“Back in January 2017, my family and I decided to head to Mt. Hood to find some snow, so we loaded up all four kids in my Discovery XD. After several hours of sledding, fort building, and trying to avoid the bone-chilling wind, we got back in the Rover to start the 2-hour drive home. Unfortunately, we weren’t the only ones headed back towards the Portland area; the two-lane highway coming down the mountain quickly slowed to a crawl with the combination of snow and Subarus. As we made our slowly towards home, I knew it was going to be a long drive, but at least we were warm inside the Disco.”

“About 30 minutes into the trip, I noticed someone sitting on the guardrail with a sign. I assumed he was looking for a ride, but soon it became apparent he was needing something more. As we approached, he jumped up, waved with excitement, and came running towards me. At first, I was a bit apprehensive, as my family started asking what he wanted, but my wife quickly observed that his sign read ‘Need Tow, Stuck!’ and suggested we hear him out. I rolled down the window and, looking at my Disco, he enthusiastically said “Man, if anyone can help me, it’s you!”

“He went on to explain, while we were still creeping along at 5 mph, that he had taken his van off on a forestry road to explore a bit and as he had attempted to turn around, the snow got too deep, and he had found himself stuck in about a foot of snow with no recovery gear other than a small shovel. I could see his van through the trees, so I knew he was telling the truth, and that it wouldn’t put me at too much risk for getting stuck myself. I glanced at my wife to make sure she was ok with it, and she looked at me with a look that seemed to say, ‘Of course you’re going to help, and you’re going to love it’.”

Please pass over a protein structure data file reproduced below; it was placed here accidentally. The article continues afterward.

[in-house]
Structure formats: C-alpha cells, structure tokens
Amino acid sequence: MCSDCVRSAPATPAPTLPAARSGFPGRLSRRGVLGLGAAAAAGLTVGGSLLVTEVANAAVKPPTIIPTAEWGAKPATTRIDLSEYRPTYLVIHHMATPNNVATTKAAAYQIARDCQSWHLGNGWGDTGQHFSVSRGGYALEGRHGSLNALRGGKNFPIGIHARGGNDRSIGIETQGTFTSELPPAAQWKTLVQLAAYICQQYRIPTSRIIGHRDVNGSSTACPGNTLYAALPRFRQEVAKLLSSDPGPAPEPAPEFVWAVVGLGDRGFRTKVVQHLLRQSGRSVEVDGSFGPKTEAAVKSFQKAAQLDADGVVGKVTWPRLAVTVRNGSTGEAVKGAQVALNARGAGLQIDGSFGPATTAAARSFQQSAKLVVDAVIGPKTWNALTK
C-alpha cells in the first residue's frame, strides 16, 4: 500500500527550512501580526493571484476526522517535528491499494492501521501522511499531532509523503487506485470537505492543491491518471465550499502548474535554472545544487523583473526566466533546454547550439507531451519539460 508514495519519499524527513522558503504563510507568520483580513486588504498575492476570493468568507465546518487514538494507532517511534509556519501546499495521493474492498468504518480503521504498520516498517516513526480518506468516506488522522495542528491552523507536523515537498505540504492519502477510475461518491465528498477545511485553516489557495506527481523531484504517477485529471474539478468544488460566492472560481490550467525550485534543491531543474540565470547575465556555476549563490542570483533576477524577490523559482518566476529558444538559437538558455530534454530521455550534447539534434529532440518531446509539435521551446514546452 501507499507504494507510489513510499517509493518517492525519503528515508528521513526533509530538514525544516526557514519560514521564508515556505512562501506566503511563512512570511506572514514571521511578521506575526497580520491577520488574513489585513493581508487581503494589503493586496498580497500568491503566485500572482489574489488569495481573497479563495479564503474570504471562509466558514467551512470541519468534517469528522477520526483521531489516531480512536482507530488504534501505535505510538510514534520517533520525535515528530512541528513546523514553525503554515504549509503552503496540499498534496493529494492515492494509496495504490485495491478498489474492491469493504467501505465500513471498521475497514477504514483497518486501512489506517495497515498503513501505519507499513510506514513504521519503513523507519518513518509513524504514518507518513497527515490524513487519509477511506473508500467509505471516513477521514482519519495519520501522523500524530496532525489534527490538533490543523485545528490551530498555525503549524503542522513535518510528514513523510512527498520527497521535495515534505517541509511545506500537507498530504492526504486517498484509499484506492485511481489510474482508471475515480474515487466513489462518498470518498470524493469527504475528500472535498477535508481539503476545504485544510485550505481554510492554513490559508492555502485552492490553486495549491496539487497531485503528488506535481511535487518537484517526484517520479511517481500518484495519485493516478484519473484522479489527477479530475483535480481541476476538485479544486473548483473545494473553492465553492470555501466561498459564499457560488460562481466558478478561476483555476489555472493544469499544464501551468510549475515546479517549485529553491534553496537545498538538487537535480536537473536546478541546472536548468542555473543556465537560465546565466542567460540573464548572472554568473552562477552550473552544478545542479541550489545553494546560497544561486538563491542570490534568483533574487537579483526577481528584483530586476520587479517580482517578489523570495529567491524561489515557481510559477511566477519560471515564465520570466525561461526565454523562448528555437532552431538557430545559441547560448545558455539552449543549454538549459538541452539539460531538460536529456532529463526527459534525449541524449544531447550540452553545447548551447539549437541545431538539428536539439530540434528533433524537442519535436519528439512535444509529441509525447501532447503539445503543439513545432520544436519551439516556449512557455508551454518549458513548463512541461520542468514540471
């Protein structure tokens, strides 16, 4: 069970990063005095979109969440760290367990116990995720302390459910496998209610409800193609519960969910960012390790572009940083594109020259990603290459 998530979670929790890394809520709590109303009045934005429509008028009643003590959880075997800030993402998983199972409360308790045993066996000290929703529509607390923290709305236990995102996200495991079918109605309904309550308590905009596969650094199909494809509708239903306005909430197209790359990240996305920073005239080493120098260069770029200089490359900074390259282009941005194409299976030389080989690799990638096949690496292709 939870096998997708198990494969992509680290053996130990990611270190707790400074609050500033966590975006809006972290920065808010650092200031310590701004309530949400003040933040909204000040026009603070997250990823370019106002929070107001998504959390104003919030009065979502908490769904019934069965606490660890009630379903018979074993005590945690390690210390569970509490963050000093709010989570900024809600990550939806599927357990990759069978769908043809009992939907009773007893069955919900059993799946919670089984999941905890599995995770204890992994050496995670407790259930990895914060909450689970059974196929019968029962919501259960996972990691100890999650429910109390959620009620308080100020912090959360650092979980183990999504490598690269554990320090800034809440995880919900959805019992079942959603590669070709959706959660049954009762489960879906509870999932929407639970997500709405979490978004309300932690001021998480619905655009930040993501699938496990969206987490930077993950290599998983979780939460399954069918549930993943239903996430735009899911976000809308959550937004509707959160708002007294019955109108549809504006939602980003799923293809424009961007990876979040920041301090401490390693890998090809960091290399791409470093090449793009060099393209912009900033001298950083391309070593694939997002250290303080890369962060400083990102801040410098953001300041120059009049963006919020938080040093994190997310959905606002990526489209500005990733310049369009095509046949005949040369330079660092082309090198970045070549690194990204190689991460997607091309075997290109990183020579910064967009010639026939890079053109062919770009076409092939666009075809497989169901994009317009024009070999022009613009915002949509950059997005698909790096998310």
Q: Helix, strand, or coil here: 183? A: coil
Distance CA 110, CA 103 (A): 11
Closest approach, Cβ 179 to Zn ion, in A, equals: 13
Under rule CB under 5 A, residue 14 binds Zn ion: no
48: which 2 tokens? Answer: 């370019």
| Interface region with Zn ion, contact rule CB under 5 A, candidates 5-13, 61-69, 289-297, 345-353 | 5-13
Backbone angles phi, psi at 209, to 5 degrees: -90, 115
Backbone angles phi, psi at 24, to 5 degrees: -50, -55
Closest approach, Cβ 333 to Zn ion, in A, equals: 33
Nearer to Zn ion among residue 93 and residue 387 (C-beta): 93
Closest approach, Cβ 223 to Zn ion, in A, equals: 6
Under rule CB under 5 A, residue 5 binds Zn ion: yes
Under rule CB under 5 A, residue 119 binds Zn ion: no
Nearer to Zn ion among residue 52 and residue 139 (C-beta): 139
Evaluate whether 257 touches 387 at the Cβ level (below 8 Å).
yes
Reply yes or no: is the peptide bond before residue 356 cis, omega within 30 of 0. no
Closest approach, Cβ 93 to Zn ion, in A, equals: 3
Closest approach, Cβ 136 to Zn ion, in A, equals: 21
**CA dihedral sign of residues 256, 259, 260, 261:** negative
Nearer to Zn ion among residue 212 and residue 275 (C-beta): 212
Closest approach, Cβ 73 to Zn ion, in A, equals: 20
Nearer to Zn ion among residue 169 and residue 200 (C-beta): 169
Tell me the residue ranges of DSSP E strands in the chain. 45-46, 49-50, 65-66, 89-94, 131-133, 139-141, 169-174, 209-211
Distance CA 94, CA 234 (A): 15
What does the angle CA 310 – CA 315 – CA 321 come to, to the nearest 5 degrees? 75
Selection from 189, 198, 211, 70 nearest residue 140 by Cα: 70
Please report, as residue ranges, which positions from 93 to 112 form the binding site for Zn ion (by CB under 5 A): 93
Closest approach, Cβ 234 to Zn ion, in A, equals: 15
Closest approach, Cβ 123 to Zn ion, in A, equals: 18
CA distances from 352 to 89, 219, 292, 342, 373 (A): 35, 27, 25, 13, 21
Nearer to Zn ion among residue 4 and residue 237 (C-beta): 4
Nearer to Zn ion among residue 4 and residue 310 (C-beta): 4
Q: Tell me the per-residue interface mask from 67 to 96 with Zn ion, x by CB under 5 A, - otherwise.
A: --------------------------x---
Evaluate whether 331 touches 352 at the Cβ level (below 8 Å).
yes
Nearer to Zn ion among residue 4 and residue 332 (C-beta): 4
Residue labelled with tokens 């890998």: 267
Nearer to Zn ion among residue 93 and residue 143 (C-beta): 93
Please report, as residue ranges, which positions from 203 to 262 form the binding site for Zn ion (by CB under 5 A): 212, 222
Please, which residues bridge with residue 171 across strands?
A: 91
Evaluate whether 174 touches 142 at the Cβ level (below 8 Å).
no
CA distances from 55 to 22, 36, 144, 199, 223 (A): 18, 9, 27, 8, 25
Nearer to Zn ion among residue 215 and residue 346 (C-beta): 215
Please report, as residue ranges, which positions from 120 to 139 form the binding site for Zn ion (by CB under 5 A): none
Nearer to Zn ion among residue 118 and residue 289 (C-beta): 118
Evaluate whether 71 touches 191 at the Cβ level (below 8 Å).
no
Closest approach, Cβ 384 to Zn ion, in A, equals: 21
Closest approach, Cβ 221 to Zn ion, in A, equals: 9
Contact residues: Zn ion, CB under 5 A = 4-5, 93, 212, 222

“We pulled off highway at the access road and found his van, a rare right-hand drive Nissan 4×4 Homy that he had recently purchased. The snow wasn’t too deep on the passenger side, but the driver’s side was well buried; the more he tried to get out, the deeper it slid into the trees. Fortunately, I had my recovery gear with me (I had almost left it at home to save interior space, but threw it on the roof rack, just in case), and had recently installed a Warn XD9000i winch. As we assessed the situation, and figured out a plan for recovery, he commented that he had seen me coming from long ways away (thanks to that AA Yellow!), and when he saw that I had a winch, he knew I was his ticket out. He had called for a tow, but being that it was late afternoon, the soonest they could get there was around 2 hours, and most likely wouldn’t make it out until the next day.”

“Fortunately, he had a pre-installed recovery point on his front bumper, so I positioned my XD and hooked up the winch cable to his bumper. As I began to pull him towards me, his van crept closer to a tree, and since he still couldn’t get traction from his tires, we stopped, he did some more digging while I rearranged my Disco to get a bit more angle in the pull. As soon as his driver’s side wheel was free from the deeper snow, I was able to back him out and he was freed. He asked how he could repay me, but there wasn’t any need; just being able to play with my “toys” was payment enough. We put away the gear, loaded back up, and headed back out to the highway. The traffic was still just as congested, but the smile on my face lasted the entire drive home.”

“It just goes to show that even a normal drive in a Rover can turn into an adventure at a moment’s notice!”

[If you have a Rover Rescue story to share with readers, please send it to Jeff.Aronson@Roversnorth.com]